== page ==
Government U-turn on the privatisation of Channel 4 reaffirms content is king

By Megan Woods

2 mins


Government U-turn on the privatisation of Channel 4 reaffirms content is king

By Megan Woods

2 mins


Earlier this week, a leaked letter to The News Agents podcast revealed that plans to privatise Channel 4 have been abandoned, in a move welcomed by the broadcaster’s chief executive, Alex Mahon. 

 

 

What to do with Channel 4 – which is currently government owned but funded by advertising – has been a topic of debate for the past few years. 

 

 

Nadine Dorris, the former culture secretary, believed that selling Channel 4 was necessary to alleviate the network from its inability to create or own content, and provide greater access to investment opportunities. Her successor, Michelle Donelan, is now proposing that the business continues to be owned by the state but is allowed to borrow more money and make its own programmes for the first time in its 40-year history.

 

 

Manifesto are not here to provide an opinion on which direction to take, but we do agree with the principle at the core of the discussion; owning content rights is key to the long term success of any broadcaster or streaming platform.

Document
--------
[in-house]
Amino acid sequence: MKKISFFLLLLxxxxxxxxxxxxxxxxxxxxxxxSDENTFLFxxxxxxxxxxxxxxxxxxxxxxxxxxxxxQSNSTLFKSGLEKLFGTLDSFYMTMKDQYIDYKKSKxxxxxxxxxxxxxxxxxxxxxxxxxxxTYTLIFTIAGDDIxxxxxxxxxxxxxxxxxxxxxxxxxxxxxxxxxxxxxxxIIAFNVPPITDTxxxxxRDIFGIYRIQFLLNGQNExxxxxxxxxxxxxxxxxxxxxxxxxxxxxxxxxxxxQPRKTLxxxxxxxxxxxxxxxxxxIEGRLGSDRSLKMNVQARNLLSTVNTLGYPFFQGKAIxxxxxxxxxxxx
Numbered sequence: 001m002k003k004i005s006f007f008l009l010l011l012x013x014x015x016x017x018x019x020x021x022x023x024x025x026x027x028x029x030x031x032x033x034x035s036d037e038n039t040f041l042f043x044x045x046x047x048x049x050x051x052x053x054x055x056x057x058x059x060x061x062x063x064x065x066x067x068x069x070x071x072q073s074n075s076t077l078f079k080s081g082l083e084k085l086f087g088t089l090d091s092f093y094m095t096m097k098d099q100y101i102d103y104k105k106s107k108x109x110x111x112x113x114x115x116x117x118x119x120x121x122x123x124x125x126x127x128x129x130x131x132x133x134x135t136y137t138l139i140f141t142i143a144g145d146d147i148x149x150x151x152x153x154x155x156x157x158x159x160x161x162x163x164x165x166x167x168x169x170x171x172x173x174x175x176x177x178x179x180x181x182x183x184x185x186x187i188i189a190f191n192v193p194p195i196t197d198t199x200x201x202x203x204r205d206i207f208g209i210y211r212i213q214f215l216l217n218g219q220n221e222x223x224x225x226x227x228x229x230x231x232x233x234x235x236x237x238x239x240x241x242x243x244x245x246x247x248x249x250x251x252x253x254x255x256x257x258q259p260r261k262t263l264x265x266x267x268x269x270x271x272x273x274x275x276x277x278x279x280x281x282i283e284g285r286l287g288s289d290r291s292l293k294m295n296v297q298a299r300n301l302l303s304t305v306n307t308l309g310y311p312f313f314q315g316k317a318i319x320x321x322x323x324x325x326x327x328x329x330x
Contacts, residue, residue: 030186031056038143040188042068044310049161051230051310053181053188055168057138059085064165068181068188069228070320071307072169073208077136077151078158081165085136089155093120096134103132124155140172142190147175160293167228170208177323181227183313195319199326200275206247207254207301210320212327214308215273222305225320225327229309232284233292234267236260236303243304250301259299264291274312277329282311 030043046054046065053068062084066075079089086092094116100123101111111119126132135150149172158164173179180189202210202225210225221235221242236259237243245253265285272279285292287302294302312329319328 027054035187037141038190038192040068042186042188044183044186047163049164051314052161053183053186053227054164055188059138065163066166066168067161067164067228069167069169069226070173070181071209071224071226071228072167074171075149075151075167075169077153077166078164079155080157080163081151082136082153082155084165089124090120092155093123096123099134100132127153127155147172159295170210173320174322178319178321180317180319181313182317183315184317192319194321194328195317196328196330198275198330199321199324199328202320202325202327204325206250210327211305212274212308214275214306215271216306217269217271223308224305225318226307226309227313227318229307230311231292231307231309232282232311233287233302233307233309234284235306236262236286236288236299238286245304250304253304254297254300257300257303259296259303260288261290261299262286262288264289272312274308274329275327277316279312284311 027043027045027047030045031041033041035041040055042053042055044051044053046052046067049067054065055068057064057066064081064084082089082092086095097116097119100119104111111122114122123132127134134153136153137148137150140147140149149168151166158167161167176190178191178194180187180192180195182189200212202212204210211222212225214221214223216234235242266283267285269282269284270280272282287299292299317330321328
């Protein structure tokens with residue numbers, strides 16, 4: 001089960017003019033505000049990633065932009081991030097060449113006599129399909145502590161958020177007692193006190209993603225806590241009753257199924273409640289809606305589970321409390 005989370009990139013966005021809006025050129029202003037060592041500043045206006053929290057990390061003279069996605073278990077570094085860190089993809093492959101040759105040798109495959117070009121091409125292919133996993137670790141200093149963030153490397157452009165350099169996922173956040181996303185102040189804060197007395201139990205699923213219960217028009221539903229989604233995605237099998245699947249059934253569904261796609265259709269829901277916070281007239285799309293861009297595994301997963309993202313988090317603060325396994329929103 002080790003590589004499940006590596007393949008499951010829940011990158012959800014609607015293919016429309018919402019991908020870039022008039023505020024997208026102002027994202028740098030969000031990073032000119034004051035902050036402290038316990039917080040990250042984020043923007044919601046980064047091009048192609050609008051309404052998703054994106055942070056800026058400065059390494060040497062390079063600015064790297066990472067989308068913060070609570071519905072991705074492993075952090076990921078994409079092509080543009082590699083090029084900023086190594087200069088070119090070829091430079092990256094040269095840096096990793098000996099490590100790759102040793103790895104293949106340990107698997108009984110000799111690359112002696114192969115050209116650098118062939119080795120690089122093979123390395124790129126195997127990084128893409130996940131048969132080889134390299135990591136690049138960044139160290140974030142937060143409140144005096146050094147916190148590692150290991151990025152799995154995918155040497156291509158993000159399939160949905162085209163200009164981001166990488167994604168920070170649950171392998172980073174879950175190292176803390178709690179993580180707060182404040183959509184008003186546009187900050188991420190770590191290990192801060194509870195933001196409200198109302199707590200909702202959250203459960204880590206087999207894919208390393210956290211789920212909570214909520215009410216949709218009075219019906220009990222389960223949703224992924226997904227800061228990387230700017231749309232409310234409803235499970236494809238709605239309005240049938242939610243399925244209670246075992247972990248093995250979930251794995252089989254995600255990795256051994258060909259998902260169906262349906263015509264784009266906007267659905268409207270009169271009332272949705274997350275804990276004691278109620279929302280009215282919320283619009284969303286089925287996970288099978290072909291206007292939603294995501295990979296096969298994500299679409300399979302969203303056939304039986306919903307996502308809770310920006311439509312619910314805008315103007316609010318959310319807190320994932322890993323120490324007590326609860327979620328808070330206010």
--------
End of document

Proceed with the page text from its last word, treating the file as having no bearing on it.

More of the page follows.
The streaming wars has seen brands fighting to reclaim their content. Relatively new players like Disney+, Amazon Prime, and HBO Max are reclaiming their back catalogue. This has driven established Netflix to throw millions at creating their own original content; they spent $30 million per episode on Stranger Things, and $13 million per episode on The Crown in 2022 (Statista, 2022). 

 

 

Content has become the strongest acquisition tool.

 

 

In order for traditional broadcasters to survive changes to viewing behaviours, they need to move from catch up on-demand to viewing on-demand. ITV, one of Channel 4s largest competitors, recognises this with the launch of their new online home ITVX that includes live TV streaming as well as library of old and new ITV shows. 

 

 

With this move, they’ve become more of a direct competitor to Netflix and co, with further monetisation opportunities that include ad free subscriptions. This has been made possible because they create and own the rights to quality content and intellectual property to a diverse portfolio of shows that are hugely popular.

 

 

Whilst competing with global players may seem a daunting task, we believe traditional networks with content rights, like ITV and maybe Channel 4, are well placed to take them on.  After years of subscription based businesses booming comes the inevitability of subscription fatigue, exacerbated by the cost of living crisis as consumers tighten their monthly spend. As a crucial part of British broadcasting, it is exciting after years of uncertainty to see plans for Channel 4 to not just survive but flourish.

 

 

If you’re interested in finding out more, my colleague Joe has written a piece on Netflix’s strategy that provides further insight into our thinking. 

 

 

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